Re: Recursive file listing function - which one is best?

In article <1180982245.734528.289380@xxxxxxxxxxxxxxxxxxxxxxxxxxx>,
"Jeff M." <massung@xxxxxxxxx> wrote:

On Jun 4, 12:47 pm, Dan Bensen <randomg...@xxxxxxxxxxxxxx> wrote:
Jeff M. wrote:

Tail call elimination isn't mandated in Common Lisp.

Wow. I did not know that. Why on earth would it not be? It puts a new
light on things - and sucks.

You don't need tail-call conversion in a language that supports
iteration. As long as each nonterminal call makes only one recursive
call, it's easy to write the code imperatively.

That's a truism and doesn't matter. I could just as easily claim that
BASIC is Turing complete and can solve all problems that Lisp can
solve. But that's also a foolish statement. One uses the tools best
suited for any particular problem (hopefully, job req's withstanding).
Recursion is just very well suited to solve certain problems. The one
posed by the original poster is especially suited to recursion. Use

Only if your directories have less files than the recursion limit.

(defun foo (files)
(if files
(cons (cons (first files)
(foo (rest files))))

? (foo (directory "/music/**/*.mp3"))
Error: Stack overflow on value stack.

Is that 'suited for recursion'? It is not. There are
people who have 'lots' of files in the file system
or even in one directory.

To avoid that in Common Lisp you'd write something like:

(defun foo (files)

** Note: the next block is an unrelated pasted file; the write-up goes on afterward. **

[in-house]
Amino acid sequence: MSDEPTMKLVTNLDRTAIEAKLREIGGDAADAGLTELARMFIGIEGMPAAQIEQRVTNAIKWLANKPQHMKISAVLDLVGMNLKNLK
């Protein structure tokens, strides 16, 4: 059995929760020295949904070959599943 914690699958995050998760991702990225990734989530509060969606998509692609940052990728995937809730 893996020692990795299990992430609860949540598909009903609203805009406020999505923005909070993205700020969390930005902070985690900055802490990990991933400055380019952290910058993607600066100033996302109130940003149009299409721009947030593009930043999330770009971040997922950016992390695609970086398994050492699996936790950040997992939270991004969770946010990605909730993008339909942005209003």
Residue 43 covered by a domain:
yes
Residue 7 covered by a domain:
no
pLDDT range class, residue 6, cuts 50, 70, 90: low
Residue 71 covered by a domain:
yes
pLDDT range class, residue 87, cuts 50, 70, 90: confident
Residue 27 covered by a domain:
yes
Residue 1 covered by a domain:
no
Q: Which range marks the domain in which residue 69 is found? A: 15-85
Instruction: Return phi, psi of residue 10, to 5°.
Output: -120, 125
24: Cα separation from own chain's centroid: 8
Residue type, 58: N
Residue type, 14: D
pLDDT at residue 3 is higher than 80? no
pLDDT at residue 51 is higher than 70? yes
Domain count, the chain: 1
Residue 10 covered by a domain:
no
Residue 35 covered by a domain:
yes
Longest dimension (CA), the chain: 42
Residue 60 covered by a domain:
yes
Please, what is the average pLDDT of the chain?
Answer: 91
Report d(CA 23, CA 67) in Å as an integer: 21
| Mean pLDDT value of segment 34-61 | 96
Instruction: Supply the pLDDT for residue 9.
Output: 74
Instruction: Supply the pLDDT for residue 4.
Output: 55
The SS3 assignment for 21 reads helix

(mapcar (lambda (file) (cons file 'some-data))

Or use LOOP. Or something else.

Meh, I feel suckered into yet another retarded semantics "discussion"
on this newsgroup yet again...

To the original poster: enjoy Lisp! It's fun. It will change the way
you approach problem solving in programming. And take the time to do
exercises like the one you did, regardless of someone else giving you
the "one line" solution. You'll be better off for it. :)

Jeff M.

I think it is necessary not only to give simple advice
like 'this is the solution to your question',
but explain the various advantages and disadvantages.

For me c.l.lisp is NOT a repository of people writing code
for me, but it is a resource to understanding
Lisp programming. Understanding comes with discussions,
experiments, questions, different answers, different

I think that's what makes comp.lang.lisp different. Some
discussions may be long-winded or look overly complicated,
but there are many people who are reading these posts
and trying to learn from the discussions. There are also
lots of people reading comp.lang.lisp without posting